* Garment fire planned arson: PM:
The prime minister, Sheikh Hasina, on Monday said the incidents of fire in garment factories, including Tazreen Fashions in Ashulia and at Dakkhin Khan in the city, were not ‘accidents’ rather ‘planned arson’ and it was time to identify the evil forces behind such crimes.
The prime minister concluding an unscheduled discussion on a condolence motion for the dead in the Ashulia fire and girder collapse in Chittagong said they were not isolated incidents rather linked to the same string.
She led parliament in condoling the death of innocent people in the fire accidents in two garment factories in Dhaka and the girder collapse in Chittagong.
Hasina in this context referred to the incident in which a woman garment factory worker was caught after attempting to set fire to the factory of Debonair
Fashions in Ashulia on Sunday and her confession that someone had paid her Tk 20,000 for it. read more. & read more.
* RMG factory fire: Offenders to be brought to book: Home Minister:
Home Minister Muhiuddin Khan Alamgir on Tuesday said that those responsible for the incident of fire at a garment factory in Ashulia will be brought to book.
All the previous major accidents in the garment factories of the area will also be probed, he told the journalists during a visit to the fire-devastated factory at Nischintapur in Ashulia.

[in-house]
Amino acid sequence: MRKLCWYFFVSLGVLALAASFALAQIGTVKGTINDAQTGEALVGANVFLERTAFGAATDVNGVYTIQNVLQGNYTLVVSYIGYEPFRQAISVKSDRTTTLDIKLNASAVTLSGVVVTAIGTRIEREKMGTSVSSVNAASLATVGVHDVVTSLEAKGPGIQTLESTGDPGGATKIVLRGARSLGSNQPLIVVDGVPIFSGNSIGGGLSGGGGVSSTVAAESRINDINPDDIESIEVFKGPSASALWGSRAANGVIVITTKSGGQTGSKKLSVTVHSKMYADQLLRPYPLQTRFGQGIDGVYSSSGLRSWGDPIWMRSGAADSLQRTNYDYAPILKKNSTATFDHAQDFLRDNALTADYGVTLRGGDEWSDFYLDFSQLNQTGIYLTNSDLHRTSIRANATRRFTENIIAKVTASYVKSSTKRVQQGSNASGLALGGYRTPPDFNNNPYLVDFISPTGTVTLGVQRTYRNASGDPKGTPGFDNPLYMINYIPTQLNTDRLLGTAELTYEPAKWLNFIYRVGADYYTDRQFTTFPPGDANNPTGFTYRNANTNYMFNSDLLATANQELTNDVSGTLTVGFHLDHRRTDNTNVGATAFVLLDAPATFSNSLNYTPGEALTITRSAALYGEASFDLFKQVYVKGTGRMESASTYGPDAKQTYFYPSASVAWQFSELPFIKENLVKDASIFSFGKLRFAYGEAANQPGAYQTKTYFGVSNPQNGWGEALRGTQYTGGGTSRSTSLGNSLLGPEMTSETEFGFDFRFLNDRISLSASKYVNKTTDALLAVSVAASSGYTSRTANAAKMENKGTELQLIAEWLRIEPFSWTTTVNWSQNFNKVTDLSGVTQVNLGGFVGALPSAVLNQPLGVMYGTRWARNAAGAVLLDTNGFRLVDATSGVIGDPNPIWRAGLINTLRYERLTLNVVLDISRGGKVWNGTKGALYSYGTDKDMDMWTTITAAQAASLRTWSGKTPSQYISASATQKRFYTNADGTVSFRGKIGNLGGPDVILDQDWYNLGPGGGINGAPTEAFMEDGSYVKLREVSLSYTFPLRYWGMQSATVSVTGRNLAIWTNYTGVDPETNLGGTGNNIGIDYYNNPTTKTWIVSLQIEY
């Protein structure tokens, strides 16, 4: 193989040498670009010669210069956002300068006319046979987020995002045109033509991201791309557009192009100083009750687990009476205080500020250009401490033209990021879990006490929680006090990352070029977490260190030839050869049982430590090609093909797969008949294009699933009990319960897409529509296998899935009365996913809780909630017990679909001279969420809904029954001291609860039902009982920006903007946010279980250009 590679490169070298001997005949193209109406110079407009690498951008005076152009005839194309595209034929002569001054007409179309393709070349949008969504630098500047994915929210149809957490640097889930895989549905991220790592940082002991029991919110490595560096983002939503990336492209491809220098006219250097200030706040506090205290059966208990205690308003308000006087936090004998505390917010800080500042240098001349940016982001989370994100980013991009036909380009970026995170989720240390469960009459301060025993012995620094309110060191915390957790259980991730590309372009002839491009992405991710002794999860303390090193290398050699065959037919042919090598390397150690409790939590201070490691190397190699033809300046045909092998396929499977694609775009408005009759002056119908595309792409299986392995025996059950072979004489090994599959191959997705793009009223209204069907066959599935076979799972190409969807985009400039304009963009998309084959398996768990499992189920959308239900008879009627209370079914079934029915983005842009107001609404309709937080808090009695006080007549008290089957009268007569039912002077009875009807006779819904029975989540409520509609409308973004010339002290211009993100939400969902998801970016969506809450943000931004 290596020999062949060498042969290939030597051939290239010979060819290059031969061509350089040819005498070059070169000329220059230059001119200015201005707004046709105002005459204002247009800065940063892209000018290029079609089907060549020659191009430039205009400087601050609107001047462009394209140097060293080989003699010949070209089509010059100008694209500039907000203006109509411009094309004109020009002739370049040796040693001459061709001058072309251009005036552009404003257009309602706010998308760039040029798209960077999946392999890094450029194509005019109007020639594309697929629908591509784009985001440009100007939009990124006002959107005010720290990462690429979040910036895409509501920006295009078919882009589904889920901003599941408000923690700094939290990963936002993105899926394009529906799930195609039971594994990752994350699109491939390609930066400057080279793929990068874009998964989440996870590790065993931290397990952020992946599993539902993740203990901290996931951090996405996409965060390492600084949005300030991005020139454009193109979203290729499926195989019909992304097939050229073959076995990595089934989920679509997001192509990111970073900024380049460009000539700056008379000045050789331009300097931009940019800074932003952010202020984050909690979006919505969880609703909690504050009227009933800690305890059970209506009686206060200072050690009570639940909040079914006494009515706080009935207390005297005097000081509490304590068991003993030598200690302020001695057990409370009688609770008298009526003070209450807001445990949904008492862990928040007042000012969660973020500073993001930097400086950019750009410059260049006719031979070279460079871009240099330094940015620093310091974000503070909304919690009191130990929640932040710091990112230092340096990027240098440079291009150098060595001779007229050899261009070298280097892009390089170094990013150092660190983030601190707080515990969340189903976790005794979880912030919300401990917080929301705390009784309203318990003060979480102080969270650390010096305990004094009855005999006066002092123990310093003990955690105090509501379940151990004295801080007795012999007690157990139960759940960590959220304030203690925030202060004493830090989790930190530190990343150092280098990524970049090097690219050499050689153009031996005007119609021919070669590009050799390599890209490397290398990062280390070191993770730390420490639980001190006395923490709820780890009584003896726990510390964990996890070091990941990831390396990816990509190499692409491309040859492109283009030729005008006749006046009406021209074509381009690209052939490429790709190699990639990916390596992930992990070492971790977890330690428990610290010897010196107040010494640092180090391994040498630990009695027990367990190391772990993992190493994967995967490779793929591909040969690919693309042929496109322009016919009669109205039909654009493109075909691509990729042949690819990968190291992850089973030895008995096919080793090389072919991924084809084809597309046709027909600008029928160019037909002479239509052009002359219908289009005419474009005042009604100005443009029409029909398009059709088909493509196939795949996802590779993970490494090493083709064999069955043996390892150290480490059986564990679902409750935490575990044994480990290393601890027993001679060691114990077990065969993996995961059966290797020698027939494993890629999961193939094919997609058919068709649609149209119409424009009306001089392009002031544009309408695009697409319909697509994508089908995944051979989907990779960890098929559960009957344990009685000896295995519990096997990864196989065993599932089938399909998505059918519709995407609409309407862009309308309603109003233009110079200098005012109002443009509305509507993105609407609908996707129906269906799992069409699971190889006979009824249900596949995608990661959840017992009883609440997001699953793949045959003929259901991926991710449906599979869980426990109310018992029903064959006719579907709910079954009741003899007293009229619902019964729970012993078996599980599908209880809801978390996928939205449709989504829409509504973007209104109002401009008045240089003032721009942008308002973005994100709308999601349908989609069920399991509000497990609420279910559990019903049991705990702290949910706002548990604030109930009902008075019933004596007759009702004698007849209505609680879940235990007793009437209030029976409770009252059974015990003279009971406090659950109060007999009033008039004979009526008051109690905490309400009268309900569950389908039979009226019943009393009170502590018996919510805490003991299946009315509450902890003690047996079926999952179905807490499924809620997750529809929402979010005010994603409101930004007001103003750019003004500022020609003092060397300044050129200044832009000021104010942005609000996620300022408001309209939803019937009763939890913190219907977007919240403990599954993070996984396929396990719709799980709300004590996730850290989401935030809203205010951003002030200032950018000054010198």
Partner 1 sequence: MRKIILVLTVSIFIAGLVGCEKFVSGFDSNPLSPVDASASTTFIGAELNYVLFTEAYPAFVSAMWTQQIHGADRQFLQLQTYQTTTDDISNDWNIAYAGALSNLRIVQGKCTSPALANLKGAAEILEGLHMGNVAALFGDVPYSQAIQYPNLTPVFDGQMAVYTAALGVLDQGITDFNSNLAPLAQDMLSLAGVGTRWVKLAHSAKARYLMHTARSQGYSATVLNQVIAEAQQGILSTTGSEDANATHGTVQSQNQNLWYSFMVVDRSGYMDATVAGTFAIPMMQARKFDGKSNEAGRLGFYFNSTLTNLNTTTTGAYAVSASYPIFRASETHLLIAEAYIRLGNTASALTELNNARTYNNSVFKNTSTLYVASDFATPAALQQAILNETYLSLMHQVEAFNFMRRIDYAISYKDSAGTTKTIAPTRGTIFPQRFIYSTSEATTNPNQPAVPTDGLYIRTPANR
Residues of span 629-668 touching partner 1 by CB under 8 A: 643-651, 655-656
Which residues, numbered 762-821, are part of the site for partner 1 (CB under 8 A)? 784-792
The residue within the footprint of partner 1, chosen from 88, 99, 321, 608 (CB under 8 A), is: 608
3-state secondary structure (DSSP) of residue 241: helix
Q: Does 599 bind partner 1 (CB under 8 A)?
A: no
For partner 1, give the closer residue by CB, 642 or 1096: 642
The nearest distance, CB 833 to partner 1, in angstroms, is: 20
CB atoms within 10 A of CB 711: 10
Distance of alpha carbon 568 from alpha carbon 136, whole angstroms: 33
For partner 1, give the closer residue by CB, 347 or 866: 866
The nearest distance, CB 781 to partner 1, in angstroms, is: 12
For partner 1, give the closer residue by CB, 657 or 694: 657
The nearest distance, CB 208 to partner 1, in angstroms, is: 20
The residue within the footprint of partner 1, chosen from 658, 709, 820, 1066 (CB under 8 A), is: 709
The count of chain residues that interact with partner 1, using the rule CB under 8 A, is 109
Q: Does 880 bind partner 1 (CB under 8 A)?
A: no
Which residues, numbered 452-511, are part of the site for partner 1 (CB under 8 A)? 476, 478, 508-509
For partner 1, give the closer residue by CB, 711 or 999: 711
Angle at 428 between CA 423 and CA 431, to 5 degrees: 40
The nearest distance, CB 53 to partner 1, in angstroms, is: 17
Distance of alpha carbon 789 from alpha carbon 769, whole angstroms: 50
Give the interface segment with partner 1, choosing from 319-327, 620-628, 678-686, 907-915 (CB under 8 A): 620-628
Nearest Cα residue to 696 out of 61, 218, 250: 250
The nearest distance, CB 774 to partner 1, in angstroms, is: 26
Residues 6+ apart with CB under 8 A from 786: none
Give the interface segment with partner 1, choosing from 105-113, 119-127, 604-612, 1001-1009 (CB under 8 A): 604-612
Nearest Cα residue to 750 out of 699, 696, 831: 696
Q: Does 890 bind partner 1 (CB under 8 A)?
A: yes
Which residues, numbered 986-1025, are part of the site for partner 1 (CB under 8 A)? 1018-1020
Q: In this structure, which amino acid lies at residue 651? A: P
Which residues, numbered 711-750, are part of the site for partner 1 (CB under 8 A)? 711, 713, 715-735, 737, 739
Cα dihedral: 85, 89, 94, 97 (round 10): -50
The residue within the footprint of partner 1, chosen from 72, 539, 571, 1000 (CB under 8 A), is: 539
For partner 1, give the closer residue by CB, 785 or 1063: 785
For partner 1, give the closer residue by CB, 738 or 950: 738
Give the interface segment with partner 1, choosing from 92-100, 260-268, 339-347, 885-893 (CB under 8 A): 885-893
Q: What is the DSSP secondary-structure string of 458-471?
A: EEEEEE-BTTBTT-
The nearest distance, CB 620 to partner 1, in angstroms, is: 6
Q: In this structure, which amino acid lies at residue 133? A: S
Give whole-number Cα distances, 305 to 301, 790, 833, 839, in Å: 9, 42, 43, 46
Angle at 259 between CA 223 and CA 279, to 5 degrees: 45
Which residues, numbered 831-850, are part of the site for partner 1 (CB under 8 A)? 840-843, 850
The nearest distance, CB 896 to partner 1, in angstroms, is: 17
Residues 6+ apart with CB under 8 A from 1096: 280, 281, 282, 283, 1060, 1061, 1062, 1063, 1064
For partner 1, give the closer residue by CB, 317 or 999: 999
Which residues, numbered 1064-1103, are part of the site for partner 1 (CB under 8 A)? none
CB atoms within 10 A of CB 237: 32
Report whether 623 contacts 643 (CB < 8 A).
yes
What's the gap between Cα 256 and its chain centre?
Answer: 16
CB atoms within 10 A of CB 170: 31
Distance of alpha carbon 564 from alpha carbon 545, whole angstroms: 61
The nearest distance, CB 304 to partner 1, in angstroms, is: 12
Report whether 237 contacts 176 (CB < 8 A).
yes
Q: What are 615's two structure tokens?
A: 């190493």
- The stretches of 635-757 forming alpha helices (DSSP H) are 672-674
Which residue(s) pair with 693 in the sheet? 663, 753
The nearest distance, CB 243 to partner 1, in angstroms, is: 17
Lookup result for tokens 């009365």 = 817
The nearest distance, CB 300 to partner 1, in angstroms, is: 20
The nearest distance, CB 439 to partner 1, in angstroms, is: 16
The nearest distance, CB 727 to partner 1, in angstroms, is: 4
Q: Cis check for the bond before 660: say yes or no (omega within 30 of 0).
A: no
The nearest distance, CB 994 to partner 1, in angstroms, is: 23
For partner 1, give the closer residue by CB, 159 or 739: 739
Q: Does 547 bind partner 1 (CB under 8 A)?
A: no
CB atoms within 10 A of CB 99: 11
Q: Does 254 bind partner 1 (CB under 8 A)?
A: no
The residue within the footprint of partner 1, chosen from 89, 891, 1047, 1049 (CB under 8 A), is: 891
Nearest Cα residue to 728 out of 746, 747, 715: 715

The RMG factory, Tazreen Fashion, caught fire on Saturday evening that left some 124 workers dead and over 200 others injured. read more.
* Factory Fire: Dr Kamal for probe commission:
Terming the loss of lives in Savar RMG factory inferno a loss of 16 crore people, eminent jurist Dr Kamal Hossain on Monday demanded an effective probe body with credible persons to unearth the real mystery behind the deadly fire.
“We need to carry out an intensive probe by credible persons to debunk as to why people could not come out of the factory after the fire raged through it,” he told a press conference.
Dr Kamal came up with the demand at a press conference arranged by Gano Forum at Dhaka Reporters’ Unity on the terrible fire in Savar RMG factory, flyover collapse in Chittagong and the country’s latest political situation.